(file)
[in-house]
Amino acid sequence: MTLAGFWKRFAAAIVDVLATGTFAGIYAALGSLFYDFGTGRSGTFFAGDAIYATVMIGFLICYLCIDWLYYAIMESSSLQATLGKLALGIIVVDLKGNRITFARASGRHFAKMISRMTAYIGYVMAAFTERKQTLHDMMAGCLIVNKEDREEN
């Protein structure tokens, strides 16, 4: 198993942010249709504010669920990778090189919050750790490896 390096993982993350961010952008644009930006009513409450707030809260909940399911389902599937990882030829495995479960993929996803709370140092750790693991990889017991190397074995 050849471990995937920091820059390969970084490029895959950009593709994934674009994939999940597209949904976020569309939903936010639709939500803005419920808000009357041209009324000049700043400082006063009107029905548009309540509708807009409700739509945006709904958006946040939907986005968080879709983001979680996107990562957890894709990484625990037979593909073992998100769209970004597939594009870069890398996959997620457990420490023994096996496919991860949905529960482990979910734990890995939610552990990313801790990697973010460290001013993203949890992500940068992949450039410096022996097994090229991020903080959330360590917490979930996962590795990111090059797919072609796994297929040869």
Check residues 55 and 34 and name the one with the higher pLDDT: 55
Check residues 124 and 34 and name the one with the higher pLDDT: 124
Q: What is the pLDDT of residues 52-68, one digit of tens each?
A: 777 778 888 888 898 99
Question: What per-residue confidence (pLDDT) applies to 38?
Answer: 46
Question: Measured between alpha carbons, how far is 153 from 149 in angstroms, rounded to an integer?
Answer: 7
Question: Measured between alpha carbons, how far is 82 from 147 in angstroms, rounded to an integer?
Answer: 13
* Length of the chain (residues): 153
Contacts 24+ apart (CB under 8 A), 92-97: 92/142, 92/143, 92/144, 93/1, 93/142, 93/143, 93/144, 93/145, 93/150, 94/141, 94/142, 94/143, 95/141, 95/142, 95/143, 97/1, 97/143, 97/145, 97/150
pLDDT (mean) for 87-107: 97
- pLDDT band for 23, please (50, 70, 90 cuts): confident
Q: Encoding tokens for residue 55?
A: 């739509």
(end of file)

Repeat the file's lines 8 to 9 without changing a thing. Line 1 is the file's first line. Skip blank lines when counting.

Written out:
Question: What per-residue confidence (pLDDT) applies to 38?
Answer: 46